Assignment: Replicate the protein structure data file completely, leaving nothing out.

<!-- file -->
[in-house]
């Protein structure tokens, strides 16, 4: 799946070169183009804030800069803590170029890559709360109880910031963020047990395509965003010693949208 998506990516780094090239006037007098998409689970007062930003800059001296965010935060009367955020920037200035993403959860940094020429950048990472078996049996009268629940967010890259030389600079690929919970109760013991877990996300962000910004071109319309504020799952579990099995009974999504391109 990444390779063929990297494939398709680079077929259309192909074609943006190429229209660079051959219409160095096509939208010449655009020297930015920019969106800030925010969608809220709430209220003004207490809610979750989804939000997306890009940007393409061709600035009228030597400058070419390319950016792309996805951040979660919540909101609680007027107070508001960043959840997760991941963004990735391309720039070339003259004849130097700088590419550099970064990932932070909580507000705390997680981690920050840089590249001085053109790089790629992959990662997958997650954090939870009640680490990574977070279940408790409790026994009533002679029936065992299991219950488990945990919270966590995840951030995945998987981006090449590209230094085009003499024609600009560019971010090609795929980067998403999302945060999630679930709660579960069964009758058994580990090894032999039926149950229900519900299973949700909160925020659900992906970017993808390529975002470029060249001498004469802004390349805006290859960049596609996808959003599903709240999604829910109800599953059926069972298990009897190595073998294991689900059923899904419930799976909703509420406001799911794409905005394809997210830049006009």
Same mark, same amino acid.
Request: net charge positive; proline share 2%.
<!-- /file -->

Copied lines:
[in-house]
């Protein structure tokens, strides 16, 4: 799946070169183009804030800069803590170029890559709360109880910031963020047990395509965003010693949208 998506990516780094090239006037007098998409689970007062930003800059001296965010935060009367955020920037200035993403959860940094020429950048990472078996049996009268629940967010890259030389600079690929919970109760013991877990996300962000910004071109319309504020799952579990099995009974999504391109 990444390779063929990297494939398709680079077929259309192909074609943006190429229209660079051959219409160095096509939208010449655009020297930015920019969106800030925010969608809220709430209220003004207490809610979750989804939000997306890009940007393409061709600035009228030597400058070419390319950016792309996805951040979660919540909101609680007027107070508001960043959840997760991941963004990735391309720039070339003259004849130097700088590419550099970064990932932070909580507000705390997680981690920050840089590249001085053109790089790629992959990662997958997650954090939870009640680490990574977070279940408790409790026994009533002679029936065992299991219950488990945990919270966590995840951030995945998987981006090449590209230094085009003499024609600009560019971010090609795929980067998403999302945060999630679930709660579960069964009758058994580990090894032999039926149950229900519900299973949700909160925020659900992906970017993808390529975002470029060249001498004469802004390349805006290859960049596609996808959003599903709240999604829910109800599953059926069972298990009897190595073998294991689900059923899904419930799976909703509420406001799911794409905005394809997210830049006009």
Same mark, same amino acid.
Request: net charge positive; proline share 2%.